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TitleMicrosatellite identification and characterization in peanut (A. hypogaea L.)
AuthorsM. E. Ferguson, M. D. Burow, S. R. Schulze,
P. J. Bramel, A. H. Paterson, S. Kresovich,
S. Mitchell
Year2004
Taxonpeanut
PDFFerguson_et_al_2004.pdf
PublicationTheor Appl Genet 108:1064-1070
Journal_link
Publisher_note
Supplementalhttp://dx.doi.org/10.1007/s00122-003-1535-2
AbstractA major constraint to the application of
biotechnology to the improvement of the allotetraploid
peanut, or groundnut (Arachis hypogaea L.), has been the
paucity of polymorphism among germplasm lines using
biochemical (seed proteins, isozymes) and DNA markers
(RFLPs and RAPDs). Six sequence-tagged microsatellite
(STMS) markers were previously available that revealed
polymorphism in cultivated peanut. Here, we identify and
characterize 110 STMS markers that reveal genetic
variation in a diverse array of 24 peanut landraces. The
simple-sequence repeats (SSRs) were identified with a
probe of two 27,648-clone genomic libraries: one constructed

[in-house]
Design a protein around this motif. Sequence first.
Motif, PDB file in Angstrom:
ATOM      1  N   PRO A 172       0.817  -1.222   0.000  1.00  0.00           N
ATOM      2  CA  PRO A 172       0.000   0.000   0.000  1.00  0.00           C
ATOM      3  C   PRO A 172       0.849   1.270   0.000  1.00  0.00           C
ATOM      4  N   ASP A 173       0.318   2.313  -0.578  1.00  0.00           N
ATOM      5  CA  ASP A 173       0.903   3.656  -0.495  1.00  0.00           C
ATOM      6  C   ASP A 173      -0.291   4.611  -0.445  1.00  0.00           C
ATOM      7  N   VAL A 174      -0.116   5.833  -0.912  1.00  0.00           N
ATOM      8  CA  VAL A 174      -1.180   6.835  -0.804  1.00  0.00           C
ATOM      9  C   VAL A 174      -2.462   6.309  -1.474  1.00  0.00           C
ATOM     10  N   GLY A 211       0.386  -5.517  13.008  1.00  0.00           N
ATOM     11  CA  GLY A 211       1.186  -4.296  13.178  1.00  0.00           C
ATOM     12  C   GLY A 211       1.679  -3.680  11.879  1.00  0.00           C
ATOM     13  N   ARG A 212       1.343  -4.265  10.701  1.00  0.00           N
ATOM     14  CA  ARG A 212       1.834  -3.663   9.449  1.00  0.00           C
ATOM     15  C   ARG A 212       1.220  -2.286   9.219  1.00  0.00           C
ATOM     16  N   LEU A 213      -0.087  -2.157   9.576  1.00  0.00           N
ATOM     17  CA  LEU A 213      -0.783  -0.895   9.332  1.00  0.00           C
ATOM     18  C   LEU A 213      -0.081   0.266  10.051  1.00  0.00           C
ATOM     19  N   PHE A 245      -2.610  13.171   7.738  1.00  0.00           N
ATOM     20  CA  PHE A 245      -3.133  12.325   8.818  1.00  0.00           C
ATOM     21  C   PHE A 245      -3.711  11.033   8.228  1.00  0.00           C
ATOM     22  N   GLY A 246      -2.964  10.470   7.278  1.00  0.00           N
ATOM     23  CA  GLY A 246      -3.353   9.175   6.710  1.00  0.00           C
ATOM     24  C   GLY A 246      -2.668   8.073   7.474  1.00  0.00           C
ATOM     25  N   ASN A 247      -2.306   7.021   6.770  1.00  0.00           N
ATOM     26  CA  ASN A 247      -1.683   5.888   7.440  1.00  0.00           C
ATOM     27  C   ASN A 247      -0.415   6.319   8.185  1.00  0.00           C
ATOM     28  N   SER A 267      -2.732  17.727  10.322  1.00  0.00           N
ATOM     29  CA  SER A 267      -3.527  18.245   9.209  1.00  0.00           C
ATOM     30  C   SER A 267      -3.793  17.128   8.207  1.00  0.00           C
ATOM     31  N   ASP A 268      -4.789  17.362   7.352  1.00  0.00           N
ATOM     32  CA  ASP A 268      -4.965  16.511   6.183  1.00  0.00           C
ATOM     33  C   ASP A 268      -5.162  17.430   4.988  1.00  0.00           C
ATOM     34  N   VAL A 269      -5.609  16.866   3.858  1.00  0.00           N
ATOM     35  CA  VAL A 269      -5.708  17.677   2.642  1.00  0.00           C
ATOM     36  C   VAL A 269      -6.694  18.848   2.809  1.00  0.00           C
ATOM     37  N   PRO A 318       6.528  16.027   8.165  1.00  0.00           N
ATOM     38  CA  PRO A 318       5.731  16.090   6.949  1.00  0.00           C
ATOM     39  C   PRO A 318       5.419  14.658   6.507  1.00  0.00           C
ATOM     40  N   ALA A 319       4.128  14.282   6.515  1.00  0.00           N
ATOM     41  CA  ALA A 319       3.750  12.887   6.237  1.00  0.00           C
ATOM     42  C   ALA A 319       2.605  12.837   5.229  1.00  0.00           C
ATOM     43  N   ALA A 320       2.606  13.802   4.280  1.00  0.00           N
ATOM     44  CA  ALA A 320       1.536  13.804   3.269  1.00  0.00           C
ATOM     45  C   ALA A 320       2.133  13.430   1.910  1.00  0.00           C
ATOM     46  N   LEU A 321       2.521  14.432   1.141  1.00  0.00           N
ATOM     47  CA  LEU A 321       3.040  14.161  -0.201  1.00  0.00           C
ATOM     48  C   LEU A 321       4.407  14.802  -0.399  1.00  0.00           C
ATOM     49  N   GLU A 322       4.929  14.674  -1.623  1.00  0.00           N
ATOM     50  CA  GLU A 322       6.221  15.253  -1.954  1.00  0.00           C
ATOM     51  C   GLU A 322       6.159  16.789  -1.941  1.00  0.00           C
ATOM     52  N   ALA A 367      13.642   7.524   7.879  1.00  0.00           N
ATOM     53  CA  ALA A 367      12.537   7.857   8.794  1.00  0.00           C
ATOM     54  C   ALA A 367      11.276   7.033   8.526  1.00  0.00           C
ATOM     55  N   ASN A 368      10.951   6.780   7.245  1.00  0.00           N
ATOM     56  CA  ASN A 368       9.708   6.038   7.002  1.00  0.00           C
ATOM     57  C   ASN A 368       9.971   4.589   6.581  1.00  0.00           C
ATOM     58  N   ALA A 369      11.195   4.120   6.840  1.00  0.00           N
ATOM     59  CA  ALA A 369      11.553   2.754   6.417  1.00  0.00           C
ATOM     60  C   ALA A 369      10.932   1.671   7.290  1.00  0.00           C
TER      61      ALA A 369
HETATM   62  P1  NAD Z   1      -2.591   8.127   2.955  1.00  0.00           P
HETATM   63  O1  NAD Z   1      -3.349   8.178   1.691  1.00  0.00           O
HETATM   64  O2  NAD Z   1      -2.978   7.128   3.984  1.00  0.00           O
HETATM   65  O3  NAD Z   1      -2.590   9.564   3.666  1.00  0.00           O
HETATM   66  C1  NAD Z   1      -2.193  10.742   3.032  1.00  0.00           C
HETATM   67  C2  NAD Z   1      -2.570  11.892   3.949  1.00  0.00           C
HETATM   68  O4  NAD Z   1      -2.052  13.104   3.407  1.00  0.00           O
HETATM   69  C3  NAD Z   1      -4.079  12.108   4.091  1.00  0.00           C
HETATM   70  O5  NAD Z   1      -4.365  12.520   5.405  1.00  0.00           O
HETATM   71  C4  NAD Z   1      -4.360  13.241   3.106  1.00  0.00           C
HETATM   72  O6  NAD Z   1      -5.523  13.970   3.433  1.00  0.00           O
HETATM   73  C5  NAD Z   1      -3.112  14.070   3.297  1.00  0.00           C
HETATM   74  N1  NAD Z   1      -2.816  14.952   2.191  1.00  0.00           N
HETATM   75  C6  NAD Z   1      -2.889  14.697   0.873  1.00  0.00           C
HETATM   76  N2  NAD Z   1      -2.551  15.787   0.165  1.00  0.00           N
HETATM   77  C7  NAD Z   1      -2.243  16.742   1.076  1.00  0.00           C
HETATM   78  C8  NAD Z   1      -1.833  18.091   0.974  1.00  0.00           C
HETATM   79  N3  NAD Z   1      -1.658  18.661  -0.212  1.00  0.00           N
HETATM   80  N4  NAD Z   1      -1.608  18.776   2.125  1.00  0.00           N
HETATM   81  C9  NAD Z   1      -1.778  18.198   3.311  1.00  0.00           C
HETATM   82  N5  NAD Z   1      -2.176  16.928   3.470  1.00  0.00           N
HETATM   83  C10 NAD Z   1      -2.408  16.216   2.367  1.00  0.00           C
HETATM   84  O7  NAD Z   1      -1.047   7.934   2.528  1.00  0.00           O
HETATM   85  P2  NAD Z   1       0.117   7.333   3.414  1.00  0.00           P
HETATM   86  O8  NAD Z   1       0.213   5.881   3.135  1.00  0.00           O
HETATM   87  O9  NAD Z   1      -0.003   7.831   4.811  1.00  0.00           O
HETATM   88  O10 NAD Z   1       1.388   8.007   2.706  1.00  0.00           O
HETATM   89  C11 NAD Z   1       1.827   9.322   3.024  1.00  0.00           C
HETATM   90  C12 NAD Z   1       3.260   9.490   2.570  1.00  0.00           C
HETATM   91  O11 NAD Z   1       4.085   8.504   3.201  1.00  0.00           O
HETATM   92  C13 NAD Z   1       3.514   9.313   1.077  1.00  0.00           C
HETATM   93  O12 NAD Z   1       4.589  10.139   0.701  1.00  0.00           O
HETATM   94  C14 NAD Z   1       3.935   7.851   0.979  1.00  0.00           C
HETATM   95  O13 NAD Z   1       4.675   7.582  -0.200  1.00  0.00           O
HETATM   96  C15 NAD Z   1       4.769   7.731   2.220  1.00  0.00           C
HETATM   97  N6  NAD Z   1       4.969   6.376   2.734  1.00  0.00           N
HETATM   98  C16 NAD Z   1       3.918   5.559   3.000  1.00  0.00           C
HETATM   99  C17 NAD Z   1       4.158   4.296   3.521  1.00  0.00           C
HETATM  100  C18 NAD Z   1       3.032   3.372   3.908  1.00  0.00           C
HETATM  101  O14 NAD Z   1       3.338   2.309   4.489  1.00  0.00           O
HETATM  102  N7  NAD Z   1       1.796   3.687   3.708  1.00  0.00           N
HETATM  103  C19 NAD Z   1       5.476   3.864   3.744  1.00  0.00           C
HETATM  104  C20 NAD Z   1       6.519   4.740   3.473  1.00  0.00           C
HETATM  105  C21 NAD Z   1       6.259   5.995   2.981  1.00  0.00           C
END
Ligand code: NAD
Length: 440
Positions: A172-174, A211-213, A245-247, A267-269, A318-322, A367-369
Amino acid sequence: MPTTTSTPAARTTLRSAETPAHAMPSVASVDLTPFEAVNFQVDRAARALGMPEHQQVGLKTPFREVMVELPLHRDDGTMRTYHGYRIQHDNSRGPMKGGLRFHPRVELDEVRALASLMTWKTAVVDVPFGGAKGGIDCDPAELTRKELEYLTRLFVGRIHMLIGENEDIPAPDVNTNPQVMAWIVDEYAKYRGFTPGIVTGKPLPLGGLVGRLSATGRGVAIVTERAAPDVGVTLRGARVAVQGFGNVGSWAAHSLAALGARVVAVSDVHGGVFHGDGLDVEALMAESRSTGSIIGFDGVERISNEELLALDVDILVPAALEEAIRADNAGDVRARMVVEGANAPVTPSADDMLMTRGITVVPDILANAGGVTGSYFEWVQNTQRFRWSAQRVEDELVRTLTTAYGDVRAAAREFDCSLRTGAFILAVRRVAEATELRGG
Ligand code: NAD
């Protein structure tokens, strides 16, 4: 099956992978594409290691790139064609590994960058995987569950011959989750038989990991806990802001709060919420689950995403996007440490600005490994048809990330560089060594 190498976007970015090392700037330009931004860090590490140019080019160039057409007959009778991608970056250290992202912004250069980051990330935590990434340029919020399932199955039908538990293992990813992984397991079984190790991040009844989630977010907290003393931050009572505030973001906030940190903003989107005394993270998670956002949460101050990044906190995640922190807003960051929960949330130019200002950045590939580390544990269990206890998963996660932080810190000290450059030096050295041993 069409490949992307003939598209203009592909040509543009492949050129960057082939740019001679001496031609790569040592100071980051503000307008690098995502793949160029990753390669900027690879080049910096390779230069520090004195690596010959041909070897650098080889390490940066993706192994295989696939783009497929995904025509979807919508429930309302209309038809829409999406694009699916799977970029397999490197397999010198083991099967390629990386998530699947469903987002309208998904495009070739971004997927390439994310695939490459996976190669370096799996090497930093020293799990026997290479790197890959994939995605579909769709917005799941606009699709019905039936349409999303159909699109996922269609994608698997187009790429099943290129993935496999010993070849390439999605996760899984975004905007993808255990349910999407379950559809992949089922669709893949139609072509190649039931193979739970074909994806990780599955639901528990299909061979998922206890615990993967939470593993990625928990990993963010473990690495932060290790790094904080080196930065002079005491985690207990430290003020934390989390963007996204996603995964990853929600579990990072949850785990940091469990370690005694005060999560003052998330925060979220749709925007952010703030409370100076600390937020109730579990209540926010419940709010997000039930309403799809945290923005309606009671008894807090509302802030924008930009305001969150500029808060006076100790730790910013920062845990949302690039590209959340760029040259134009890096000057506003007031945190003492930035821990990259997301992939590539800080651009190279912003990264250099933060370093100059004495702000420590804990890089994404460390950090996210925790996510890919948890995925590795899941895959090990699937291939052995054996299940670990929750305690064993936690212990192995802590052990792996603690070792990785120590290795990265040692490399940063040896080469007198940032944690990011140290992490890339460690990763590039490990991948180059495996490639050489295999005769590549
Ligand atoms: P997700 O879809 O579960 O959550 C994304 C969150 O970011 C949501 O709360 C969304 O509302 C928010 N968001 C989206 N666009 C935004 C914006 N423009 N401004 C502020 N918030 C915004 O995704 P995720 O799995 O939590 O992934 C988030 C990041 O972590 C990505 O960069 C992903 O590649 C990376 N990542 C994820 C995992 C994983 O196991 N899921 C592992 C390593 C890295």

using PstI and the other using Sau3AI/BamHI.
The most frequent, repeat motifs identified were ATT and
GA, which represented 29% and 28%, respectively, of all
SSRs identified. These were followed by AT, CTT, and
GT. Of the amplifiable primers, 81% of ATT and 70.8%
of GA repeats were polymorphic in the cultivated peanut
test array. The repeat motif AT showed the maximum
number of alleles per locus (5.7). Motifs ATT, GT, and
GA had a mean number of alleles per locus of 4.8, 3.8,
and 3.6, respectively. The high mean number of alleles
per polymorphic locus, combined with their relative
frequency in the genome and amenability to probing,
make ATT and GA the most useful and appropriate motifs
to target to generate further SSR markers for peanut.

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